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Updated February 12, 2024, at 12:00 p.m.
Insurance broker Marsh USA asked the U.S. District Court of Massachusetts to dismiss its liability for up to $15 million in legal fees from Harvard’s nine-year-long court battle with Students For Fair Admissions over its affirmative action admissions policies, according to filings made last month.
Harvard’s suit came on the heels of an earlier legal defeat. In 2021, Harvard went to court against Zurich American Insurance Company, alleging “breach of contract” and seeking damages after the insurer denied the University coverage of its legal fees from the trial against SFFA “with late notice cited as the sole reason.” Harvard lost its suit against Zurich.
After Harvard’s loss against Zurich in district court, the First Circuit Court of Appeals ruled against the University in August 2023. Less than three months later, Harvard sued Marsh.
Harvard’s case, originally filed in state court, was moved to federal jurisdiction following a request by Marsh in early January.
Marsh requested dismissal almost a month after the case was removed. In its request, Marsh argued that Harvard’s claims were “time-barred” and should be dismissed.
Under New York state law – which governed the broker agreement signed by both Marsh and Harvard – there is a six-year statute of limitations on complaints of breach of contract. After an extension through the pandemic, Marsh contends that the statute of limitations lasted through Sep. 15, 2022 – over a year before Harvard sued the insurance broker.
Harvard, in Feb. 9 filings, disagreed. According to the University, while Marsh’s “basic math” is correct, the company incorrectly determined the statute of limitations on its agreement with Harvard. Harvard alleged that the statute of limitations under Massachusetts state law expired on Feb. 11, 2024.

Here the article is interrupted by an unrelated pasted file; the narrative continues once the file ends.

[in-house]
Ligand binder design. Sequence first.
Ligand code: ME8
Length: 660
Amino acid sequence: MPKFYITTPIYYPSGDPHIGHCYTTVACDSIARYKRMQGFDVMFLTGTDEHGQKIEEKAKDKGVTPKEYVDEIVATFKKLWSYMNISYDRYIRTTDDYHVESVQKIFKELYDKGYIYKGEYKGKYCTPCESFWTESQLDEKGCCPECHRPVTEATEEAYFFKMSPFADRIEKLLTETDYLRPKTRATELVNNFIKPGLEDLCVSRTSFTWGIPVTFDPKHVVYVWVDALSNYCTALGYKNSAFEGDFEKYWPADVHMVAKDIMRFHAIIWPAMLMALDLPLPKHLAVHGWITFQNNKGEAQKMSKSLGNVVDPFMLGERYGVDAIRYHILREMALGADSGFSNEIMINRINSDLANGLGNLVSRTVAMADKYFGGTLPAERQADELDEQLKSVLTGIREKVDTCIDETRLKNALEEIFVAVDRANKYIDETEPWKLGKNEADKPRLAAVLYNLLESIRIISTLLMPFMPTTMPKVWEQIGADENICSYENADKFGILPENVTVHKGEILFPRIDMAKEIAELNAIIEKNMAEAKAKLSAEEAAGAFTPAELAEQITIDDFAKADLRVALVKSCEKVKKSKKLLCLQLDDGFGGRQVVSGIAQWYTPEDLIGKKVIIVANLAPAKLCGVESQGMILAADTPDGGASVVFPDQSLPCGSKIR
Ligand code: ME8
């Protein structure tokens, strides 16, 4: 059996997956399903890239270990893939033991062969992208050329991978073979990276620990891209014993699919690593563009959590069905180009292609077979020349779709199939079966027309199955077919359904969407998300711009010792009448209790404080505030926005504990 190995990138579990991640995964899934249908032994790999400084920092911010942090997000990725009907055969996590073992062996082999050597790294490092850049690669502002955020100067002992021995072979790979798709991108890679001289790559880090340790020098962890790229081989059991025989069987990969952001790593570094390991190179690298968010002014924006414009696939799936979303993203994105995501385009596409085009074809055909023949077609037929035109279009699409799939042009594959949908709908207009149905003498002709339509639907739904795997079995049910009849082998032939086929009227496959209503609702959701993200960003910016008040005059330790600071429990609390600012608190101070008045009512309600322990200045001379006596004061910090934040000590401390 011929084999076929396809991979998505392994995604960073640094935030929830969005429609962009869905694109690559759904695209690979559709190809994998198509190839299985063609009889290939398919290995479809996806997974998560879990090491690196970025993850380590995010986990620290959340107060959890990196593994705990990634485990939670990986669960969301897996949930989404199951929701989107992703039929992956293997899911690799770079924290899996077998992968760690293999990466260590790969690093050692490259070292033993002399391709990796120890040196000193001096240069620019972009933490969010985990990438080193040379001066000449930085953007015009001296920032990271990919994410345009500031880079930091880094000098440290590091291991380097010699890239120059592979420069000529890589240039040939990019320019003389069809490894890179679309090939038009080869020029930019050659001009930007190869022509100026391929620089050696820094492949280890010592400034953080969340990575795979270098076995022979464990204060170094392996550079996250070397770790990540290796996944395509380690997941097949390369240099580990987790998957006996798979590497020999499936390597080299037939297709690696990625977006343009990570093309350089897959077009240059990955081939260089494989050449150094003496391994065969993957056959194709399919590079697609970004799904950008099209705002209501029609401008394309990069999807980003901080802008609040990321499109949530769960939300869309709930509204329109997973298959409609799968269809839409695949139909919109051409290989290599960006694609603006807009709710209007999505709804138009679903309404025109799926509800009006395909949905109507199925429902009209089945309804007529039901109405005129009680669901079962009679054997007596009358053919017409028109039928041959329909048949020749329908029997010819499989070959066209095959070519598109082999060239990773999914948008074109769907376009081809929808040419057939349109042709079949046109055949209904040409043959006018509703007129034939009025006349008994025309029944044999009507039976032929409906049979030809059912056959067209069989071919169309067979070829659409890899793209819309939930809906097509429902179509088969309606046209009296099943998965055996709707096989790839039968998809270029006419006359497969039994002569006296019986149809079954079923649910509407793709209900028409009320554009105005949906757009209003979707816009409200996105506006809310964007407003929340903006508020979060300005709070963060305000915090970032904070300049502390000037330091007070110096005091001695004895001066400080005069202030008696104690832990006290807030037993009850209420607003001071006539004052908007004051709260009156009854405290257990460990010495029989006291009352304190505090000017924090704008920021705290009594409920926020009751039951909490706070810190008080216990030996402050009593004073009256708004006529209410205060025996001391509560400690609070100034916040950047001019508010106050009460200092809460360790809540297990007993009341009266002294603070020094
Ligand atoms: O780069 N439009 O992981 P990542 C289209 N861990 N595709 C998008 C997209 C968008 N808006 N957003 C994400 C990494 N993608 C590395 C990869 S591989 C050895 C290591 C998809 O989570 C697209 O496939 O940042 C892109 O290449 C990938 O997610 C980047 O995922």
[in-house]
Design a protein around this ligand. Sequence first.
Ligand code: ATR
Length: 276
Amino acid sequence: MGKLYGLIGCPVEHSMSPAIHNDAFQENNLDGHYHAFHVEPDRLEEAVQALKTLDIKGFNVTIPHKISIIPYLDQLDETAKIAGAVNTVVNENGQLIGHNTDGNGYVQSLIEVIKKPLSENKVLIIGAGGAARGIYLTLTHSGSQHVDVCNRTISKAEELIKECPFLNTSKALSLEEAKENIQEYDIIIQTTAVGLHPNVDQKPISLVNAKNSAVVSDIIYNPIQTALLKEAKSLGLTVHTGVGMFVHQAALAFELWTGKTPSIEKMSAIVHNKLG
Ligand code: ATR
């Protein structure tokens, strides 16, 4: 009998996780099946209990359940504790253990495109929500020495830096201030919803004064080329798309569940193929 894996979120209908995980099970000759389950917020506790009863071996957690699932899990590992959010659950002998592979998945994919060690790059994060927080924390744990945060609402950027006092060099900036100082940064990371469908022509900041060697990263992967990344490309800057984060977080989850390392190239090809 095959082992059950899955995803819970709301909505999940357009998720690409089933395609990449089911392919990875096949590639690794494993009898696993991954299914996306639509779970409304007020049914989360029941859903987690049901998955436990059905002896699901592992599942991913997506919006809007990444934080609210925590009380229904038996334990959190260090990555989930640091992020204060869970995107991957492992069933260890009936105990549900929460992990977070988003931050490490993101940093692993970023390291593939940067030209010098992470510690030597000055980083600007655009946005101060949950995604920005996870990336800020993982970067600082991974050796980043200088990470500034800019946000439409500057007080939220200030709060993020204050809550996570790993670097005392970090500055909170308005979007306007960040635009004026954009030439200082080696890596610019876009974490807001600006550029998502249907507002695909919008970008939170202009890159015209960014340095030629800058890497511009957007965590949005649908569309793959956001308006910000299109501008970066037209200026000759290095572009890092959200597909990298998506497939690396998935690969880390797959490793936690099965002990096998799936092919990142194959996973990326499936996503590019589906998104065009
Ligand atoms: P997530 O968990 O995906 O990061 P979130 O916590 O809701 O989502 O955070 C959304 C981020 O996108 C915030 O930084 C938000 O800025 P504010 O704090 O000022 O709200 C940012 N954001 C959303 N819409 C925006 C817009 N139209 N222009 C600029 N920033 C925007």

“By incorrectly applying the statute-of-limitations rules of New York rather than Massachusetts, Marsh both (i) miscalculated the date when Harvard’s claims accrued and (ii) accounted for the wrong number of days of tolling,” Harvard’s legal team wrote in its Feb. 9 court filings.
In its brief, Harvard claims that federal precedent requires the court to use Massachusetts state law to decide which state’s jurisdiction — New York or Massachusetts — governs the case. Even though Marsh and Harvard agreed for their contract to be governed by New York law, Harvard wrote, Massachusetts “considers such a provision as just one factor” when deciding which state’s law to apply in the case of a potential contract breach.
Massachusetts has a “substantial interest” in the University’s claims against Marsh, lawyers for Harvard added.
A spokesperson for Marsh USA declined to comment Tuesday morning. Harvard spokesperson Jason A. Newton also declined to comment on the legal proceedings.
Both parties currently await a decision by the District Court on Marsh’s motion to dismiss. If the motion is denied, the case will continue and potentially enter litigation.
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